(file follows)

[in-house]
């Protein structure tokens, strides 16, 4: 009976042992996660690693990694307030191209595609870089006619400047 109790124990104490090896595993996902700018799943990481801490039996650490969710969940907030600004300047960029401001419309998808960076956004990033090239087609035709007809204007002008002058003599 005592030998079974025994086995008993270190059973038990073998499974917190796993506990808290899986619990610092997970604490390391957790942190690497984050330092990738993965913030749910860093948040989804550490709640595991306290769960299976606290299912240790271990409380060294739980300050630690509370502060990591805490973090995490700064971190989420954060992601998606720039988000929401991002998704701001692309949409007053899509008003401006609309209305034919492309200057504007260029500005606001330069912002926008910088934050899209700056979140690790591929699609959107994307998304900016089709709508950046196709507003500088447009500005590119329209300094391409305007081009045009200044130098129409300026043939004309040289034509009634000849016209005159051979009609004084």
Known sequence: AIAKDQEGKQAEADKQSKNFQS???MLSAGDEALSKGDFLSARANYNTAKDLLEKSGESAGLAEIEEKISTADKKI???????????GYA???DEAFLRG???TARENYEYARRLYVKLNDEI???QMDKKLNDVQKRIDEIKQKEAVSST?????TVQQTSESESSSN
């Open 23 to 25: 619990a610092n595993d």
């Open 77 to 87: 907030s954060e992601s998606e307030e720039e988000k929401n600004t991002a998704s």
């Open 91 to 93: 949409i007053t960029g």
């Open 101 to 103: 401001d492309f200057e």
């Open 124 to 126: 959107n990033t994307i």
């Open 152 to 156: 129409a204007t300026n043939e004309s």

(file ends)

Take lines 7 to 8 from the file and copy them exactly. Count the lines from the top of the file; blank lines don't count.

């Open 101 to 103: 401001d492309f200057e």
């Open 124 to 126: 959107n990033t994307i």